The Fed 'Conundrum' and Dollar Demand
Jude Wanniski
June 22, 2005

Roger C. Altman, an investment banker who was deputy Treasury Secretary in the Clinton administration, thinks he has figured out the "conundrum" posed several weeks ago by Fed Chairman Alan Greenspan. The Wall Street Journal which seems to agree with his thesis, gave him an op-ed slot Tuesday in "The Conundrum Explained." Says Altman: "Three alternative schools of thought have emerged to explain it. One is that the bond market has overshot. A second is that the growth outlook is actually weaker than the consensus forecast, and the bond market is discounting such slower growth before it manifests itself. But the right answer involves excess global liquidity which, for the moment, has nowhere else to go but into dollar-denominated fixed-income assets like U.S. Treasury securities."

We of course agree that the first two schools of thought are wrong. The bond market is as efficient as the broad stock market and does not overshoot or undershoot, given the information available to everyone. Nor does the efficient bond market expect a weaker economy, for if it did the efficient equity market would not be expecting a stronger economy. Altman`s assertion that "Historically, long-term interest rates rise when the U.S. economy is strong, and fall when it is weak," is mere assertion. Remember the marvelous Reagan expansion of the 1980s, with the stock market climbing and long-term interest rates falling?

The "right answer," according to Altman and to Bear Stearns` David Malpass, who got there first, is that the Fed has been printing too much money and Americans have been using it to buy foreign goods. Foreigners, including foreign governments, instead of using the dollars to buy U.S. goods, are using them to buy U.S. government bonds, thereby keeping the 10-year note near 4% when it should have climbed to 5 1/2% or 6% by now, with the Fed having pushed the funds rate to 3% from 1%.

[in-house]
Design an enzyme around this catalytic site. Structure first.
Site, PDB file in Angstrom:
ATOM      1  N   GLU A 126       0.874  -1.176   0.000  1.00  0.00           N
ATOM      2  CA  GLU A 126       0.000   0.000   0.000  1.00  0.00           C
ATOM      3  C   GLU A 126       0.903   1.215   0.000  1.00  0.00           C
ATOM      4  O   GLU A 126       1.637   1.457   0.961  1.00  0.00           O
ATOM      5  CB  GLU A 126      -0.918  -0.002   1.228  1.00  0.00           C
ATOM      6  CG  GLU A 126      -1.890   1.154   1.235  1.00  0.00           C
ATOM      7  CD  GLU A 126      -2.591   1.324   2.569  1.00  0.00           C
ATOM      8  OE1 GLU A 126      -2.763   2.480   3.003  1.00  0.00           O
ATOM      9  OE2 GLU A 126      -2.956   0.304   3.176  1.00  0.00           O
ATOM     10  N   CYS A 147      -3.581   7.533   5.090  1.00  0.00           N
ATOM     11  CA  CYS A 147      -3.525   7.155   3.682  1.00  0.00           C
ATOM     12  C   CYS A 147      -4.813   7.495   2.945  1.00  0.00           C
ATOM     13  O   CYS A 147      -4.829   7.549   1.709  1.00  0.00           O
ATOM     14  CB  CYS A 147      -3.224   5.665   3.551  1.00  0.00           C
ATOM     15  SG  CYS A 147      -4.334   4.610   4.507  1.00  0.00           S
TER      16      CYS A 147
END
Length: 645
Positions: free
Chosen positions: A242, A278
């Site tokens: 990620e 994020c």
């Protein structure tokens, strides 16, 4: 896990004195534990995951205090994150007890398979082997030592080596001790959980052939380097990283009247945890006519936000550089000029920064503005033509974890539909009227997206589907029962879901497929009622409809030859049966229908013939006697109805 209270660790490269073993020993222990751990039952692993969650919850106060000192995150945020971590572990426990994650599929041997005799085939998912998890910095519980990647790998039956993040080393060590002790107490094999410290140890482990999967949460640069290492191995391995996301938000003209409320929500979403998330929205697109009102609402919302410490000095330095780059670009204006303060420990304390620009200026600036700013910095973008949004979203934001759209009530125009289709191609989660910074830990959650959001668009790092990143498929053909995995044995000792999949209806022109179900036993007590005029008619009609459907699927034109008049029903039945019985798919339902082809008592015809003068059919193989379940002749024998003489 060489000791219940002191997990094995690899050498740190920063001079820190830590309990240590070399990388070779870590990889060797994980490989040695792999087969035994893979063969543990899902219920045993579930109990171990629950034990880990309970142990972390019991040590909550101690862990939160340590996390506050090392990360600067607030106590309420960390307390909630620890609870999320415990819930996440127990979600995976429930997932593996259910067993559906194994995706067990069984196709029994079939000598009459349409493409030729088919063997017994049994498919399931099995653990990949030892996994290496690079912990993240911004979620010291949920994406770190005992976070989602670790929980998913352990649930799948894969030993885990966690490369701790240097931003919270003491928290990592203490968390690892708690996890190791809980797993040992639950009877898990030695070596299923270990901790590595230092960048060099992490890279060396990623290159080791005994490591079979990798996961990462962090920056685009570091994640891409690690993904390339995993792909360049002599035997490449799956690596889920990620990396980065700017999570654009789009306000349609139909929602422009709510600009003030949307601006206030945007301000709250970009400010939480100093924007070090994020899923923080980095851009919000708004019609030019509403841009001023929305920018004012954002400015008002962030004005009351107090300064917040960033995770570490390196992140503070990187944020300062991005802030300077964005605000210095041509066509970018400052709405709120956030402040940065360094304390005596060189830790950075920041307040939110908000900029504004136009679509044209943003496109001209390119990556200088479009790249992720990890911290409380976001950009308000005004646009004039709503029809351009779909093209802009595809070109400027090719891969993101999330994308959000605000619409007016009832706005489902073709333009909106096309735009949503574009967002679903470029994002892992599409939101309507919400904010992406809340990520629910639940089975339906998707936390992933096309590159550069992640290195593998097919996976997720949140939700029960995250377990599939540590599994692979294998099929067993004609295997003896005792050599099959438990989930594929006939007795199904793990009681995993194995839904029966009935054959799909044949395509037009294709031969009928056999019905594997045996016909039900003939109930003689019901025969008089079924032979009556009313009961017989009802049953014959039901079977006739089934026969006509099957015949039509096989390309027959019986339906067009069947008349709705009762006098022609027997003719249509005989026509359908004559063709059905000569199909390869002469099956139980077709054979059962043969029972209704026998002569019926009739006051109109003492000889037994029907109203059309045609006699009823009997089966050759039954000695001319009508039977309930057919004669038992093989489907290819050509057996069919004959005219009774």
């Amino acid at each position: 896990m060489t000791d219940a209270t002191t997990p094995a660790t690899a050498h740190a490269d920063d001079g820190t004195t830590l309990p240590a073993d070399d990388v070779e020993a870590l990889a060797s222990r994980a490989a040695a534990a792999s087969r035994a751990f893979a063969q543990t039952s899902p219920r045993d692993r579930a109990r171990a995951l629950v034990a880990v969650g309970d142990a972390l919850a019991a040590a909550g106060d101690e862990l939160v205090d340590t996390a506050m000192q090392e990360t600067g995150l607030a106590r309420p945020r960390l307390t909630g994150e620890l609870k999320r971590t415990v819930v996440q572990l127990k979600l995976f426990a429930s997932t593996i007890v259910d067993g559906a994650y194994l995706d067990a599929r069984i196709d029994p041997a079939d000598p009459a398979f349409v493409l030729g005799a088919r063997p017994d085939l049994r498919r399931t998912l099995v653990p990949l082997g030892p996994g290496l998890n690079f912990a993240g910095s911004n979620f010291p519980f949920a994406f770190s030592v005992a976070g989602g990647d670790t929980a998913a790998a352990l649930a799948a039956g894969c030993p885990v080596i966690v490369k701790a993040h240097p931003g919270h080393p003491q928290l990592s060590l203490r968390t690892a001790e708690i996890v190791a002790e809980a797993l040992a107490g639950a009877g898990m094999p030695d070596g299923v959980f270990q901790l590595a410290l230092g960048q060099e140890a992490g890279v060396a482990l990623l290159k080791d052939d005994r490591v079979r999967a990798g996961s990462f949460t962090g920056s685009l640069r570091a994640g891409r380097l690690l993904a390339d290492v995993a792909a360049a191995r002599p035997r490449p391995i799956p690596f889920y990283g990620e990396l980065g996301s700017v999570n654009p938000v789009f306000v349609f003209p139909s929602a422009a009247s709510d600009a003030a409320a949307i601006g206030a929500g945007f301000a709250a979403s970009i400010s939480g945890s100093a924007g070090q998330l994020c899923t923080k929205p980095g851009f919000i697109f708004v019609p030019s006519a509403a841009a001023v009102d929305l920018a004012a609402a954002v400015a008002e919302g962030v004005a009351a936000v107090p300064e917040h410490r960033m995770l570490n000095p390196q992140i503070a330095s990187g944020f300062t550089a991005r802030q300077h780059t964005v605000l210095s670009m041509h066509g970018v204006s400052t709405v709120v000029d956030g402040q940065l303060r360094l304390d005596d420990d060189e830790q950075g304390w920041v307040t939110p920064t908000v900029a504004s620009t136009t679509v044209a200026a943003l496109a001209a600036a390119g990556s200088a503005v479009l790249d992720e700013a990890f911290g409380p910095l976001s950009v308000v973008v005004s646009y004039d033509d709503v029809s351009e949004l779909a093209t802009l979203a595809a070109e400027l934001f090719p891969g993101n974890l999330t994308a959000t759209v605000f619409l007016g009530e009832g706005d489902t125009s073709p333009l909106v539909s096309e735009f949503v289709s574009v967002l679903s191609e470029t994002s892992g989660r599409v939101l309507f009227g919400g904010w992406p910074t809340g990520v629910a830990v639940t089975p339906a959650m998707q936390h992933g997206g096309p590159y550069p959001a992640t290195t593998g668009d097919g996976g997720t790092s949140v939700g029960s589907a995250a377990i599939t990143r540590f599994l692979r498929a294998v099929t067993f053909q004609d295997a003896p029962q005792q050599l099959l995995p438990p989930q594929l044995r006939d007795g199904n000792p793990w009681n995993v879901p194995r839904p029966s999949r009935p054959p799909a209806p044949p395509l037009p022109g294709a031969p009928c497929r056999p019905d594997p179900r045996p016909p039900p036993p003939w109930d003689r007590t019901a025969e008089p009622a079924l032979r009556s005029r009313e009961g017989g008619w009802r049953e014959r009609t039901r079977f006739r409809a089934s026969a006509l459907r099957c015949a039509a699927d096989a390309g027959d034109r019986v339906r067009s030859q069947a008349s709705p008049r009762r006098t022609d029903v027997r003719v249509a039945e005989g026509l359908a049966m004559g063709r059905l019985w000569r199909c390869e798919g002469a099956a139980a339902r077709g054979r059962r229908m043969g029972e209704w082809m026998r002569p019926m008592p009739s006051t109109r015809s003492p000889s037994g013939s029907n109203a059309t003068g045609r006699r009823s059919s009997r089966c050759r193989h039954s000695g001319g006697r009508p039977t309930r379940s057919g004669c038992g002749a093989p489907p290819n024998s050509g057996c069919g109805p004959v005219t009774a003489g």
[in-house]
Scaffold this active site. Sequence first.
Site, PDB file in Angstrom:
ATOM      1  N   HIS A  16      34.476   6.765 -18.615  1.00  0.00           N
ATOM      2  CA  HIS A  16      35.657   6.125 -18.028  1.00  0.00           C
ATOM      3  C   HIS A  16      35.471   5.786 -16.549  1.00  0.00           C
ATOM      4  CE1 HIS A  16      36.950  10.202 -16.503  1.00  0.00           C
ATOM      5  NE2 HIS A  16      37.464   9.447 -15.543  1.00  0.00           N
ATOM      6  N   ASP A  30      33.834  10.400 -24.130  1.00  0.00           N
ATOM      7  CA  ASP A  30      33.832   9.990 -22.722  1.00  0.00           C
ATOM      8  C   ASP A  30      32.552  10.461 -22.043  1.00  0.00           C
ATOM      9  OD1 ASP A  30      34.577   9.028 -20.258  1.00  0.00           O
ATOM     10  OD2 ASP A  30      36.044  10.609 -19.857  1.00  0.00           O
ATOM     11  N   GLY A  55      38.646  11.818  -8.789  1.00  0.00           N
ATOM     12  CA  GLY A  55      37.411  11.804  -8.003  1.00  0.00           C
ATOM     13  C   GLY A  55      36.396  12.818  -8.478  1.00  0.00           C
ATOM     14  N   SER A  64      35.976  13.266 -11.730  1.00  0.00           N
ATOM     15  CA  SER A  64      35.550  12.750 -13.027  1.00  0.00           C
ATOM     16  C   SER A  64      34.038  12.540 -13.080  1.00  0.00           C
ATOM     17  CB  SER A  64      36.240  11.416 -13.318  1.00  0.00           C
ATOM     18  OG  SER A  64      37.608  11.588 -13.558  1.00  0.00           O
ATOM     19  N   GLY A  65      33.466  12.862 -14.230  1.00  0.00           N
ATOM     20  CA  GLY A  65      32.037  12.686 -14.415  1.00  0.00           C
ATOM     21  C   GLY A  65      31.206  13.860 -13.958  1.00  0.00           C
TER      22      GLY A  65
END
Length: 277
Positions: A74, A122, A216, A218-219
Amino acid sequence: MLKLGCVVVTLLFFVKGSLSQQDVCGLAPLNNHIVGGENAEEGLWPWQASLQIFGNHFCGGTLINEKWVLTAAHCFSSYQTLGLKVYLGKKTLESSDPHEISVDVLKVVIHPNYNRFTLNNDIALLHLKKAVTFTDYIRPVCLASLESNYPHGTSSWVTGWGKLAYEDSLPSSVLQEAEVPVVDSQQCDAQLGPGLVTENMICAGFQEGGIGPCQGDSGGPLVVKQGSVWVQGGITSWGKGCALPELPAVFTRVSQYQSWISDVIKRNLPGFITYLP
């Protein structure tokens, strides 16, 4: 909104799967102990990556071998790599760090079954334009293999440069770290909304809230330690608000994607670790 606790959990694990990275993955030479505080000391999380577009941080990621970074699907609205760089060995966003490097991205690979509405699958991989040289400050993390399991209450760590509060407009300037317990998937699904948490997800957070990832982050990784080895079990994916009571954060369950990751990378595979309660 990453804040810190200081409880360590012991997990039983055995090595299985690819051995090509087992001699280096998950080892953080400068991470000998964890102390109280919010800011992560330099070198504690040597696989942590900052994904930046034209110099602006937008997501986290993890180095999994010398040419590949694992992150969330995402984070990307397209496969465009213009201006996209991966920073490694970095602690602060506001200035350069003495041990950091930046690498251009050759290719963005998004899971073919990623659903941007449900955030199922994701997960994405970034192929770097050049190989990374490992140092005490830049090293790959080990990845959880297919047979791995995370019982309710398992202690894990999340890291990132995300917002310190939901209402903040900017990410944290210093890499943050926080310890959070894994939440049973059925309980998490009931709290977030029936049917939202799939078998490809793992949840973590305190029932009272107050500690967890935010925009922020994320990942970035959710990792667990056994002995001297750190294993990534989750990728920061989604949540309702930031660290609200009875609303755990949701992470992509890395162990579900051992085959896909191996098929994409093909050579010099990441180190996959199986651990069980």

The flaw in this argument is that when the Fed prints too much money relative to demand, the first thing that happens is the dollar price of gold rises, gold becoming scarce relative to paper. The second thing to happen is that the banks holding this excess liquidity try to find eligible customers to take it off their hands, as dollars do not pay interest and are costly to hold as surplus reserves. But because all eligible customers had already been satisfied prior to the Fed`s printing of too many dollars, the banks (or other financial intermediaries) must take greater risks with customers who normally couldn`t measure up with sufficient collateral. These are the basic mechanics of an inflation, of course, and they are never accompanied by falling bond yields.

In 1979-80, when the Fed flooded the system with dollars, Citicorp "solved" the problem of surplus inert reserves by lending them by the billions to foreign governments on the theory that governments would have to pay back the loans by taxing their people, even if the loans went bad. Mexico borrowed $80 billion, advised that oil would soon be $75 bbl and they would be able to pay it all back and have a fortune in profits. There was no "conundrum," though, and long-term rates on U.S. governments went over 13%.

Altman gets around the current "unprecedented phenomenon" by pointing out that Japanese 10-year bonds only pay 1.3% and German 10-year is at 3.3%, so the U.S. bond at 4% is the best buy on the global market!! In other words, by this circular reasoning, the 10-year note is at 4% because the 10-year note is at 4%. One wonders if the <I>Journal</I> actually paid Mr. Altman its usual modest fee for his discovery.

Most of you, as clients, are by now well familiar with our "conundrum" thesis, but I`ll go through it briefly before getting to the second part of this paper on how the declining demand for liquidity has pushed gold back close to $440 oz.

It has been our observation that the monetary inflation unleashed by Richard Nixon in 1971 put in motion a 1000% rise in the dollar gold price, from $35 oz to $350 in 1985. We choose 1985 because gold stabilized at that level for several years until the 1993 Clinton tax increase (engineered by Roger Altman) caused a decline in the demand for dollars and pushed gold to $385. It was the 1997 tax cuts that raised the demand for liquidity and sent gold as low as $255 in 2001, a serious deflation. Then 9-11 and a series of restrictive regulatory measures (Sarbanes-Oxley the worst of them) again diminished the demand for liquidity and gold climbed back to $350.